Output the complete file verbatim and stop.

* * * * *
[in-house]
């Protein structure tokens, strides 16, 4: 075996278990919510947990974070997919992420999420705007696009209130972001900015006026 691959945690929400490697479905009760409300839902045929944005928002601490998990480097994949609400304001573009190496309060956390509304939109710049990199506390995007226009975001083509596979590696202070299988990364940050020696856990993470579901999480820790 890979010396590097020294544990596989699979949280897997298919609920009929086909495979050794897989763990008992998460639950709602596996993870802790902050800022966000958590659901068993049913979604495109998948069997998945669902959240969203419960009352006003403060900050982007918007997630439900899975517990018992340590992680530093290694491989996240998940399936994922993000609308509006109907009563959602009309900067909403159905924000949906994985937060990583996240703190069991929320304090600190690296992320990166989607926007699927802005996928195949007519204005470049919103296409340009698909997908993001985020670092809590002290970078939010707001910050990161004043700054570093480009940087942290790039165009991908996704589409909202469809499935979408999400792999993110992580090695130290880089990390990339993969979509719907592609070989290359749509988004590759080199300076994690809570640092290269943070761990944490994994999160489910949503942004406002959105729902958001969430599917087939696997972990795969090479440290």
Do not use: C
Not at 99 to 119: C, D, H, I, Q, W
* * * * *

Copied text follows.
[in-house]
């Protein structure tokens, strides 16, 4: 075996278990919510947990974070997919992420999420705007696009209130972001900015006026 691959945690929400490697479905009760409300839902045929944005928002601490998990480097994949609400304001573009190496309060956390509304939109710049990199506390995007226009975001083509596979590696202070299988990364940050020696856990993470579901999480820790 890979010396590097020294544990596989699979949280897997298919609920009929086909495979050794897989763990008992998460639950709602596996993870802790902050800022966000958590659901068993049913979604495109998948069997998945669902959240969203419960009352006003403060900050982007918007997630439900899975517990018992340590992680530093290694491989996240998940399936994922993000609308509006109907009563959602009309900067909403159905924000949906994985937060990583996240703190069991929320304090600190690296992320990166989607926007699927802005996928195949007519204005470049919103296409340009698909997908993001985020670092809590002290970078939010707001910050990161004043700054570093480009940087942290790039165009991908996704589409909202469809499935979408999400792999993110992580090695130290880089990390990339993969979509719907592609070989290359749509988004590759080199300076994690809570640092290269943070761990944490994994999160489910949503942004406002959105729902958001969430599917087939696997972990795969090479440290």
Do not use: C
Not at 99 to 119: C, D, H, I, Q, W